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Slow Going
Billings index, still down, makes modest gains in July

The Numbers

Could it be the Heisenberg Uncertainty Principle is at work, that the AIA’s Architecture Billings Index will not climb from the doldrums until AN packs it up and stops reporting the grim blow-by-blow every month? Well, too bad. Until things improve, the editors of this publication shall never forsake their duty to provide the architects of the world with the facts.

The good news? Things are improving. Technically, at least. Almost all indicators are up for the month, though they remain below that all-important 50-point marker, the pivot between expanding and contracting construction markets. For example, overall billings rose only 0.7 points from the month before, to 46.8. This is the highest reading since January, when the index measured 50.8 and began its precipitous decline into the worst territory it has reached in the 13 years the AIA has tracked billings.

In one bright spot, inquiries are up again, to 54.6 from 51.8 last month, continuing a rise from an all-time low in May of 46.5. And across all sectors billings rose, though numbers remain low with the continued exception of the institutional sector, which tends to do more work during downturns, because budgets tend to be more stable and materials and labor are generally cheaper. (It remains to be seen if the latter is true, given precipitous inflation rates.)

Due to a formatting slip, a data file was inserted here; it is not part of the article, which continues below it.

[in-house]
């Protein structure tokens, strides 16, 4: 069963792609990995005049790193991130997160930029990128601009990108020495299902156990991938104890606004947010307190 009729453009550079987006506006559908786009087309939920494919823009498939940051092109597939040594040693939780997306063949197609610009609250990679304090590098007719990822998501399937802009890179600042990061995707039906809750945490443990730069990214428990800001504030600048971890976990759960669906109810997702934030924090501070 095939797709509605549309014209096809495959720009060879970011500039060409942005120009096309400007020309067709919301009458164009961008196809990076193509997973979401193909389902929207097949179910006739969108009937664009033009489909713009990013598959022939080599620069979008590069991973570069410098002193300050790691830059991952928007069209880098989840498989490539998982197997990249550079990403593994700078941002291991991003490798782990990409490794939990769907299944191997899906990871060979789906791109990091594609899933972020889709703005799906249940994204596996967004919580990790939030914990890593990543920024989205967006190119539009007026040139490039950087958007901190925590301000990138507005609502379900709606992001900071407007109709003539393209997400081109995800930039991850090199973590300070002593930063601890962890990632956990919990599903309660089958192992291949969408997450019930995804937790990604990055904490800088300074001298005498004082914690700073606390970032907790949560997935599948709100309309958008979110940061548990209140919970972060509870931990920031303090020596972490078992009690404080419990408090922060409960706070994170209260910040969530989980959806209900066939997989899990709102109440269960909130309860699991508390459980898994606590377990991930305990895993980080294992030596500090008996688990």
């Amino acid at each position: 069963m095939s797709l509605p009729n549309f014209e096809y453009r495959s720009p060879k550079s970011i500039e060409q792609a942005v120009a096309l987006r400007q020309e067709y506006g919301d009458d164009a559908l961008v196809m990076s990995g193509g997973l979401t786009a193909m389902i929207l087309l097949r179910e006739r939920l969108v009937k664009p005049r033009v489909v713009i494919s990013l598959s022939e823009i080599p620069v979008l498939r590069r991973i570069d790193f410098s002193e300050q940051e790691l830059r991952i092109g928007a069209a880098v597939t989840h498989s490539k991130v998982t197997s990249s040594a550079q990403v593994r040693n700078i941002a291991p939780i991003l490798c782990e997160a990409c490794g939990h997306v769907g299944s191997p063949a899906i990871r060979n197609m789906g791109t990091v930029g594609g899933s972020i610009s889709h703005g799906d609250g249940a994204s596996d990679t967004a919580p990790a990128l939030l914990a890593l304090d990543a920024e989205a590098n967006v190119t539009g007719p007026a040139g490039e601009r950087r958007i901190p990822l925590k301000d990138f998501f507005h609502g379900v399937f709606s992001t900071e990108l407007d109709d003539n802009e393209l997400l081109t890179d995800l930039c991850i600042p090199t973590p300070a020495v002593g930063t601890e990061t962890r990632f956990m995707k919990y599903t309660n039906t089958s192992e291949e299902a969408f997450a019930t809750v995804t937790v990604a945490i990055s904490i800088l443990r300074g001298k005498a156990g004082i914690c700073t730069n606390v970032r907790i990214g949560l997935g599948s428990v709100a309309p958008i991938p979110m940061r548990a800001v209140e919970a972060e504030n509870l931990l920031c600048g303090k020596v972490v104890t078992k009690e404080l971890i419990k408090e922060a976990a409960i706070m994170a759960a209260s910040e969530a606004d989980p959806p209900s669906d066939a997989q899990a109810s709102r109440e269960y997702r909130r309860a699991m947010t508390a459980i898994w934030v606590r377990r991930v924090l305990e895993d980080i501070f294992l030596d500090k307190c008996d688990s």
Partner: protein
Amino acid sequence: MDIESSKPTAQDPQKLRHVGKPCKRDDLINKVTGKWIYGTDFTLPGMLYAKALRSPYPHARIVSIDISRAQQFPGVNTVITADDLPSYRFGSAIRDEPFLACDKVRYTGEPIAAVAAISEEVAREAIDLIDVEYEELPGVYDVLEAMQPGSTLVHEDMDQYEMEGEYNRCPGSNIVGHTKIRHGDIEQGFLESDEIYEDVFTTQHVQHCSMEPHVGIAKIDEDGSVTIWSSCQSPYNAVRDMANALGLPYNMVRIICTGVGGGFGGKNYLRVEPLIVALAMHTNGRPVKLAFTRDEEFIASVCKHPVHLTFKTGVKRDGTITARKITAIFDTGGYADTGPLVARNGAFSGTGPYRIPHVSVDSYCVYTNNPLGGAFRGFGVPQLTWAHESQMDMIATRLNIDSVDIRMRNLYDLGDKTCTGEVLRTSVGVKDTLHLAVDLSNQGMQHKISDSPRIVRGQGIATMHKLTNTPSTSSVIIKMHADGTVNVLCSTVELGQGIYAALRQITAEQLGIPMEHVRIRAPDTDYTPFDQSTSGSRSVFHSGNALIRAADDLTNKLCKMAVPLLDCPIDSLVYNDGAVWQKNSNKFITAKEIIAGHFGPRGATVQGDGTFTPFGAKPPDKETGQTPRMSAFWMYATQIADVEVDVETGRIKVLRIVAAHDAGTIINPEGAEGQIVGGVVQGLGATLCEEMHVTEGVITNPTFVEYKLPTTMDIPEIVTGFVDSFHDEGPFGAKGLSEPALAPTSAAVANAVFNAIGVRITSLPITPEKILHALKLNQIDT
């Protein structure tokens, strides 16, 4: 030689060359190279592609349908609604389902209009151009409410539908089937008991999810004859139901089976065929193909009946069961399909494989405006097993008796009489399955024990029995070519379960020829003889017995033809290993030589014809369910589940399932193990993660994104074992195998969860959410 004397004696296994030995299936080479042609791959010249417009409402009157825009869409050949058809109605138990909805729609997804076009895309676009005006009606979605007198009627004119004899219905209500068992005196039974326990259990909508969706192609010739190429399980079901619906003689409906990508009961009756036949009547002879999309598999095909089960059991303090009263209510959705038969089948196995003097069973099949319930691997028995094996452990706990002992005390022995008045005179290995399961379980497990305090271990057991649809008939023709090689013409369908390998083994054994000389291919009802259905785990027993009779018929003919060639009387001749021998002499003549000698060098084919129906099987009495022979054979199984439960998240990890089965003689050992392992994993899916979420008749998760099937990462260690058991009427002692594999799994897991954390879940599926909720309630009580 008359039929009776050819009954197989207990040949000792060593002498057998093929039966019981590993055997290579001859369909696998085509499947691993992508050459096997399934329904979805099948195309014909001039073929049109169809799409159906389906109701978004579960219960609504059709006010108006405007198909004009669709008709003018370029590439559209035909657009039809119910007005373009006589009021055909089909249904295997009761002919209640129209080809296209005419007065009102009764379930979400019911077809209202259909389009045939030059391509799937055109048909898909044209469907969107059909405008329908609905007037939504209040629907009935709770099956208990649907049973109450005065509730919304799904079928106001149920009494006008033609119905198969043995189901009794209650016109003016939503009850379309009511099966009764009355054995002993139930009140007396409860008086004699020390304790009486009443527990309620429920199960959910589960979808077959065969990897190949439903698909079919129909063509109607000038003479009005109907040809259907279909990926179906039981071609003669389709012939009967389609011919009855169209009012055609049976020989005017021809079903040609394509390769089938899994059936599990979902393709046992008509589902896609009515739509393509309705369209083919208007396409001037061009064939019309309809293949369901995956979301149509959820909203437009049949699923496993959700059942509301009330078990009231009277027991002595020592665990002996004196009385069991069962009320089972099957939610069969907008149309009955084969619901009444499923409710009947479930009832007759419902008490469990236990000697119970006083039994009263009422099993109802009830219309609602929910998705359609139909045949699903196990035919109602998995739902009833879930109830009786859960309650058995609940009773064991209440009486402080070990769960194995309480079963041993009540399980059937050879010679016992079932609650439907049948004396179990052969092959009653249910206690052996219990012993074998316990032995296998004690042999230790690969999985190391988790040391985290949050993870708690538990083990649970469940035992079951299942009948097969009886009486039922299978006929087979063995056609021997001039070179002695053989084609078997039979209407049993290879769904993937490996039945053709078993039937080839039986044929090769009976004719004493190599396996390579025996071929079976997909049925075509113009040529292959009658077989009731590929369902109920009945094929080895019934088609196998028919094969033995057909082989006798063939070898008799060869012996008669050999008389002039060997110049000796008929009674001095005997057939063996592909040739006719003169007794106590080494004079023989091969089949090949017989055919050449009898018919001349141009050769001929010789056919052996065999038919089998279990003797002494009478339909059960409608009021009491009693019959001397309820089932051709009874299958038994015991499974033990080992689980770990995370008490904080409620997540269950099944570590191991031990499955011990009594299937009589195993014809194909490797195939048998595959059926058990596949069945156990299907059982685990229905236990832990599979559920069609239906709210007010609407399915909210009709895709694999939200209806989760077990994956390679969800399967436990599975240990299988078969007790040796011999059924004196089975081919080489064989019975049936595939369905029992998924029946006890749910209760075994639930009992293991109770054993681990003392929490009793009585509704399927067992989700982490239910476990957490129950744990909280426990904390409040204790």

Institutional projects rose 2.0 points to 53.6 and mixed-use projects 1.5 points to 45.6. Commercial and industrial projects rose 3.0 points to 48.8, marking the fifth straight month of growth, from a low of 38.3 in March, perhaps signaling a recovery in that sector. Residential projects also rose, but prospects still remain weak as the sector remains below the 40-point mark. Residential billings rose 1.3 points to 39.2.

Regional performance was mixed. The Midwest, the strongest performer, dropped 1.8 to 50.0, but with three straight months of positive readings, the region may have begun a real recovery, as opposed to the fluctuations that have cropped up previously throughout the index. The Northeast was the second biggest gainer, jumping 5.8 points to 46.5, though it was beaten by the battered West, which gained 6.1 points to settle at 42.2. The South was the other loser of the month, falling 2.2 points to 47.7.

The AIA did recognize the modest gains the index made this month, but Kermit Baker, chief economist for the group, still gave a glum assessment for future performance. “Financing for new projects continues to be a problem,” Baker said in a release. “Many projects are being reconsidered due to construction cost increases. And while there are a good number of projects still in the queue, owners are taking longer to proceed to the next phase of the design process.”

Matt Chaban